When it comes to women on screen who can hold their own when things get tough, Michelle Rodriguez' Fast and Furious character, Letty Ortiz, pretty much tops the list. Letty Ortiz is a mechanic and a racer and she's not afraid of danger: she even went undercover for the FBI. So it's surprising to learn that Ortiz wasn't always intended to be such an inspiring figure for women onscreen.
In an interview with Entertainment Weekly to commemorate the fifteenth anniversary of the first film in the franchise (which is in June) Rodriguez revealed that initially, Ortiz had been somewhat of a cliché. Rodriguez stated, "She was a character that needed a lot of work. And, you know, I get it. It’s a male-dominated industry, action films. I kind of understood when they didn’t understand what a strong independent woman would be like."
Rodriguez's assertiveness and experience in a whole range of different environments, having resided everywhere from Puerto Rico to the Dominican Republic to New Jersey, meant she was able to craft Letty Ortiz into a much more believable woman than the screenwriters had already intended. In her interview, she observes that all the screenwriters on the film were male and as such, their portrayal of a streetwise woman wasn't always as realistic as it needed to be.
Originally, it was kind of like a mock-up of Point Break. And it doesn’t really make any sense to try to have that character, that tries to sleep with the cop and her boyfriend, when you’re dealing in ghetto terms. Because people in the streets don’t maneuver that way. When you’re with the alpha male in the pack, you stick to that. You’re loyal to that, because that’s your survival. You don’t go with the pretty boy, because he could get beaten up very easily by the dominant alpha. So I had to kind of explain, and school these cats in Hollywood in how it works in the street.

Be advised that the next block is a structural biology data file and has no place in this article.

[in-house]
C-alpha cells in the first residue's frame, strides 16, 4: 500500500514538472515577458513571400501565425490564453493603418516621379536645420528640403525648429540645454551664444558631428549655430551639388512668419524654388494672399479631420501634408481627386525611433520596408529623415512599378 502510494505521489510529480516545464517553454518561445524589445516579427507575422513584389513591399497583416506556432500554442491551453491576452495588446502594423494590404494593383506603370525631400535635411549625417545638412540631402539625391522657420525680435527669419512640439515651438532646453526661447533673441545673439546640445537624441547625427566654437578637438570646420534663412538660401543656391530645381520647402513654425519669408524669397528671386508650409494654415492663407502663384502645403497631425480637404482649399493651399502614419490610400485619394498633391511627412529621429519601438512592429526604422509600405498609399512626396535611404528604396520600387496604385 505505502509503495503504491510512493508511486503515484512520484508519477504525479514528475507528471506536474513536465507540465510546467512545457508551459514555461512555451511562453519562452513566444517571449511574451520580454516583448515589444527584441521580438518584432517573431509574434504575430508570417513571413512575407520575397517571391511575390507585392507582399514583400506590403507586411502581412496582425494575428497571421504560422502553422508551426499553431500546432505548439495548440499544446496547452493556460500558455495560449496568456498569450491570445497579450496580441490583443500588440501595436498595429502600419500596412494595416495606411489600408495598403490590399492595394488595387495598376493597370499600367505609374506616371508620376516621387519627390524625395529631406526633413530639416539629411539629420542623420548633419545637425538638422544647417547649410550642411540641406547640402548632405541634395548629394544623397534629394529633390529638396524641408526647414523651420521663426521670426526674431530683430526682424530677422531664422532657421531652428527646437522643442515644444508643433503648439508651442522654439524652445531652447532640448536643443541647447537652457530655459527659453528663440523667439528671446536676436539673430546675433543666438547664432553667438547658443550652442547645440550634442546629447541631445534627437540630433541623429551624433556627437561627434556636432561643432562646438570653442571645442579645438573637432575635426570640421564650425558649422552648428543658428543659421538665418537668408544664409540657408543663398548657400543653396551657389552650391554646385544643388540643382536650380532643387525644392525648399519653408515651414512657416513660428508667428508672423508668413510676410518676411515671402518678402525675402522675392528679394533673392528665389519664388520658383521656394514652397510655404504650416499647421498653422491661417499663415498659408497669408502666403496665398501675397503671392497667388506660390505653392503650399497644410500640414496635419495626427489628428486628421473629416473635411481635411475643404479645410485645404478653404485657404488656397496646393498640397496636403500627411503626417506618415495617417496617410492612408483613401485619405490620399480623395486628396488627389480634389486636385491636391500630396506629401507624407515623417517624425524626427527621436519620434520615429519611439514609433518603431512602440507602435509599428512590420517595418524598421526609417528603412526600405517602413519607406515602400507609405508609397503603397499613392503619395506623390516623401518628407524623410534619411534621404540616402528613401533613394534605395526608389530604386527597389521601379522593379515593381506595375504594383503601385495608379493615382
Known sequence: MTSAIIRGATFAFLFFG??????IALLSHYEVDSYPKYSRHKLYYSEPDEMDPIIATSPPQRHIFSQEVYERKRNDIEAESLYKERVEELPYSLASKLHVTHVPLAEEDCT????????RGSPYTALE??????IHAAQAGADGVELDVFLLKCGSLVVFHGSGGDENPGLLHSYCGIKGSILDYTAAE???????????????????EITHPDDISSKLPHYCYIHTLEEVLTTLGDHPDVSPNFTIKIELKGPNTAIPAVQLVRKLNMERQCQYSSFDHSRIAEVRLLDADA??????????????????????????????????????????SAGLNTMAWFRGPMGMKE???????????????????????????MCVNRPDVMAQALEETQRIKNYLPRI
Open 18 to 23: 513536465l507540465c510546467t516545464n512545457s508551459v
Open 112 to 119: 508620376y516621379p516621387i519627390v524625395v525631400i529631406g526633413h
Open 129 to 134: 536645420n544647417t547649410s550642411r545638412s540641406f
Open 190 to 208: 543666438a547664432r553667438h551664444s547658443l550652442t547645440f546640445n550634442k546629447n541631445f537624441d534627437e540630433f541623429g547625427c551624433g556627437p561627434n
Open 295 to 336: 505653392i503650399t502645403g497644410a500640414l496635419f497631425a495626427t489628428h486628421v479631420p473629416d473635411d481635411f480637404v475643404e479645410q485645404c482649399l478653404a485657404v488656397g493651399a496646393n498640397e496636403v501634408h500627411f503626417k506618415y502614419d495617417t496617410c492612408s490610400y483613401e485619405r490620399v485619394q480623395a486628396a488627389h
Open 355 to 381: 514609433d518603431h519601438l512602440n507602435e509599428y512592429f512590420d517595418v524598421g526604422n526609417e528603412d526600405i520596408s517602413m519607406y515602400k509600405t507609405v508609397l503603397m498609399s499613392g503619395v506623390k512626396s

While Rodriguez never uses the "f" word in the interview, I daresay hers sounded like a pretty feminist standpoint. She stated about the Letty-Brian romantic arc that Rodriguez implies was initially there in the movie: "They just think girls are there to complement men. You have to teach them there’s other purposes for women."
Luckily for Rodriguez, teaching the male screenwriters how to write a realistic and nuanced female character was something that "became easier and easier throughout the years," as the screenwriters realized "it wasn’t from an egotistic place."
One of the most interesting aspects of the interview is how much Rodriguez argues that being a complete unknown gave her more, not less influence over the cast and crew. She believed she would have thrown the towel in if the character had continued to be offensive because "it’s easy for somebody who comes from nothing to do that. It’s not like I’m gonna lose a lot by standing my ground and sticking for what I believe in."
While Rodriguez is far, far more famous in 2016 than she was in 2001, the most admirable thing about the actor is how she's continued to stick to her guns when it comes to sticking to her beliefs. In fact, she told the Guardian in 2015, "I’m really picky about the parts I choose. I can’t be the slut. I cannot be just the girlfriend. I can’t be the girl who gets empowered because she’s been raped. I can’t be the girl who gets empowered and then dies.”
And Letty Ortiz is just that: The most unlikely of characters. The action movie chick whose characterization shows depth and consideration — her partner's equal. The Fast and the Furious films are full of hot girls in bikinis cooing round cars and Letty Ortiz could have been just another one of them. All hail Michelle Rodriguez for having the guts to ensure that Ortiz became the badass woman we all know and love.
Images: Giphy (3)